Of people and computers

A few companies around the world are taking an entirely fresh look at the interface between people and computers, with surprising results

My father learned drafting not long before the U.S. entered World War II, and when he came home from the Pacific he began his peacetime career engineering industrial equipment, a job he does part time to this day. The firm he works for has all the usual 21st century computer-aided design (CAD) tools at their disposal, but Dad works on velum at a drafting board with an array of pencils and a drafting machine.

“What kinds of projects do they call you in to do now?” I asked him the other day.

The really tough ones,” he laughed. “I'm a lot faster with those kind of projects than CAD, although it works just fine for lots of things.”

This makes perfect sense to me. My father has built an astonishing “database” of knowledge and experience over the years and there are no algorithms restricting his random search capabilities. In fact, there are no constraints on his ability to find solutions at all.

We depend upon computing power so much today in the trucking industry and elsewhere, that it can be easy to forget the fact that people still significantly outperform even the most powerful computers at completing many tasks, particularly things like pattern recognition and making those imaginative leaps that delight corporate leaders who demand “creativity,” but are as mystified as the rest of us concerning its origins.

Now, however, a few companies around the world are taking an entirely fresh look at the interface between people and computers, with surprising results. Icosystem, for example, (www.icosystem.com) recently introduced a patented search and design technology dubbed “The Hunch Engine.” According to the company, it “is a way of doing [a] search when you don't know what you are looking for, but you'll know it when you find it.”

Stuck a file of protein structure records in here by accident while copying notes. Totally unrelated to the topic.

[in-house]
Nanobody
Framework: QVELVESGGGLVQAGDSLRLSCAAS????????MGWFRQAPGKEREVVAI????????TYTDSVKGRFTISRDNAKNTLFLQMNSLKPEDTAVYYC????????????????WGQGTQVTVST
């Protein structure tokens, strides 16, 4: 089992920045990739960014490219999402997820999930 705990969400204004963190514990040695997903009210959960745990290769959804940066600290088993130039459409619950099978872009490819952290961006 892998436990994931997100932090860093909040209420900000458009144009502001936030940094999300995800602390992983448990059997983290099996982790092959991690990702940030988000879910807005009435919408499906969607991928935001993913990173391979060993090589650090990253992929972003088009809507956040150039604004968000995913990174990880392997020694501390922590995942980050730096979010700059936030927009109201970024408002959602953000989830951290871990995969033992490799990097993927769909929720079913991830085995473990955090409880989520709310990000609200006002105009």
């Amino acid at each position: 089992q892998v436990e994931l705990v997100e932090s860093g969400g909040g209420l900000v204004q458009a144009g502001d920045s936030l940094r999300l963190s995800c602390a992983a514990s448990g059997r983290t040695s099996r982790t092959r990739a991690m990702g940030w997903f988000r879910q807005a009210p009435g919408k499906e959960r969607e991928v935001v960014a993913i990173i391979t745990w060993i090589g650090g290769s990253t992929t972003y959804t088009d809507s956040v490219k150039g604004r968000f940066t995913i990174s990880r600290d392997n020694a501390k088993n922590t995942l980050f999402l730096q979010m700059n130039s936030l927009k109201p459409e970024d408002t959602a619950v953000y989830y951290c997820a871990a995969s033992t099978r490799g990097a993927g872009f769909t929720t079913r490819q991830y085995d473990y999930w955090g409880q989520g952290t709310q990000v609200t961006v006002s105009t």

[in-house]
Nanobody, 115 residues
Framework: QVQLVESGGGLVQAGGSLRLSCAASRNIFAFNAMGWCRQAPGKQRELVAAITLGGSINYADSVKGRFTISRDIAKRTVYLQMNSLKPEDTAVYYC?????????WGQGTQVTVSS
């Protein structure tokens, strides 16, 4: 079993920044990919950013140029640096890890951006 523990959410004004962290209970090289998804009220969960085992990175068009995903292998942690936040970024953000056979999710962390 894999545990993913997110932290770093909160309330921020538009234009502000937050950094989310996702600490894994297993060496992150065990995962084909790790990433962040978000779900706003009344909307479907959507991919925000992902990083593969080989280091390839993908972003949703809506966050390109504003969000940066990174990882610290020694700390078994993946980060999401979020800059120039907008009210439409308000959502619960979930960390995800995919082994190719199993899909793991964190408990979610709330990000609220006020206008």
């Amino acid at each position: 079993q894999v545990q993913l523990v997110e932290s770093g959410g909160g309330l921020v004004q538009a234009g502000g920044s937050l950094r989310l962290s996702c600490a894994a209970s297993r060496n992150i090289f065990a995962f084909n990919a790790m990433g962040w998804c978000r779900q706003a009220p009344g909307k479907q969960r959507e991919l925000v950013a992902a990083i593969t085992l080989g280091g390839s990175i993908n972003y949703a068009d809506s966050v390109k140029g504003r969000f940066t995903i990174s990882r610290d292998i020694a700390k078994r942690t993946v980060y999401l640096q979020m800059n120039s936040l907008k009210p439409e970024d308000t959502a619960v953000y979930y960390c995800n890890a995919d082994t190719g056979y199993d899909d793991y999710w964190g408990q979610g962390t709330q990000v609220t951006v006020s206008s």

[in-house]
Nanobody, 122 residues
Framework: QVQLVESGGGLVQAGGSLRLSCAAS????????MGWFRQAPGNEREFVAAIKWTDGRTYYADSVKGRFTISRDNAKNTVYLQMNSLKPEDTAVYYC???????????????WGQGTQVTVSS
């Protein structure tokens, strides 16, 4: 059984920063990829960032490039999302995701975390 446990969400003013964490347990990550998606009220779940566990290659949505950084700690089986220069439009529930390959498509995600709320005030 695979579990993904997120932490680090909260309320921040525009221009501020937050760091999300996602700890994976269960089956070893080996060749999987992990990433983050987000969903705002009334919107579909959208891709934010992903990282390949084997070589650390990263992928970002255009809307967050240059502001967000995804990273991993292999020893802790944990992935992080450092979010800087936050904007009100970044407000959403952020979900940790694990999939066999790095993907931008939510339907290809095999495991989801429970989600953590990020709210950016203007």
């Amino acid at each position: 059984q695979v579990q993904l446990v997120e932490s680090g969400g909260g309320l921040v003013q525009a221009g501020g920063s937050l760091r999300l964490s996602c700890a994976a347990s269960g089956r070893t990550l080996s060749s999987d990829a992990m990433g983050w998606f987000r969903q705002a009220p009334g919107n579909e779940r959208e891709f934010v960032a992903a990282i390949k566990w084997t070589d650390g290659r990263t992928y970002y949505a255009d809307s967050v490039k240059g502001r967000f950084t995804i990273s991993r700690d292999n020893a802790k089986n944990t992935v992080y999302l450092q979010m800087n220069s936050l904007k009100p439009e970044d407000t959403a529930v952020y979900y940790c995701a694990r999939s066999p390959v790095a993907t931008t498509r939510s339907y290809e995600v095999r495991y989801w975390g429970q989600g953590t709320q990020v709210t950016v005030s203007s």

The Hunch Engine combines human intelligence with computer analysis to arrive at conclusions. The French Postal Service has already used it to help mail carriers create delivery routes that meet service requirements, but also permit workers to incorporate personal preferences like the opportunity to walk through a park along the way. The pharmaceutical industry is testing a version of the Hunch Engine to help chemists in their search for new drugs. Basically, the computer generates new ideas and combinations for the chemists to respond to. When they do, the computer takes that human input and goes to work again, guiding the users along in a “well, how about this, then?” sort of process.

Another Alberta-based enterprise called AskForCents (www.askforcents.com) has just completed what they describe as “alpha testing” on a computer system for sending requests to people (yes, people) who are willing to try to provide helpful replies in exchange for a small payment. The system was developed using a new software tool from Amazon.com called The Mechanical Turk (www.mturk.com).

AskforCents users can submit questions that require a factual answer or a subjective response. In other words, you can ask if there is train service from Dallas to Chicago or for recommendations on the best place to stay when you get there. “Although we try our best to provide helpful responses, we cannot guarantee the accuracy or value of the responses,” advises a notice on the website. “To make up for this, we try to supply responses from two different people for each request.”

While these projects are still in their infancy, we may look back one day to discover that they marked a crossroads, the point at which our single-minded devotion to all things digital was unexpectedly intersected once again by the rich and unique “analog” abilities of humans. If so, that will be a good day indeed.

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